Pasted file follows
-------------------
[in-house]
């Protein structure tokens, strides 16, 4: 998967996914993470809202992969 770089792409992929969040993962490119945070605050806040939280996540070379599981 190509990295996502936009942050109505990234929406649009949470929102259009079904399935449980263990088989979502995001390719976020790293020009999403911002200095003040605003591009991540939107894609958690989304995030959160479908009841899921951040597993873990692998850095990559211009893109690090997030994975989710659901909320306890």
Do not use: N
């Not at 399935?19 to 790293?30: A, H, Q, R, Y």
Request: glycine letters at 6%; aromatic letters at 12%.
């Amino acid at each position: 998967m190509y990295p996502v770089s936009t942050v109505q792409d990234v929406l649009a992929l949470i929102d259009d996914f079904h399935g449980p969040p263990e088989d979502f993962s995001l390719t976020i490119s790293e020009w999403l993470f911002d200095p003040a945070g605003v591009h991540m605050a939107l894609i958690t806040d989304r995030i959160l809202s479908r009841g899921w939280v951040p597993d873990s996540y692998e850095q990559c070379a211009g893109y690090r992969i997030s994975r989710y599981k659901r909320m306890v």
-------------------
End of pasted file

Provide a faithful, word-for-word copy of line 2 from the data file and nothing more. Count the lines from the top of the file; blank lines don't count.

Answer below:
């Protein structure tokens, strides 16, 4: 998967996914993470809202992969 770089792409992929969040993962490119945070605050806040939280996540070379599981 190509990295996502936009942050109505990234929406649009949470929102259009079904399935449980263990088989979502995001390719976020790293020009999403911002200095003040605003591009991540939107894609958690989304995030959160479908009841899921951040597993873990692998850095990559211009893109690090997030994975989710659901909320306890």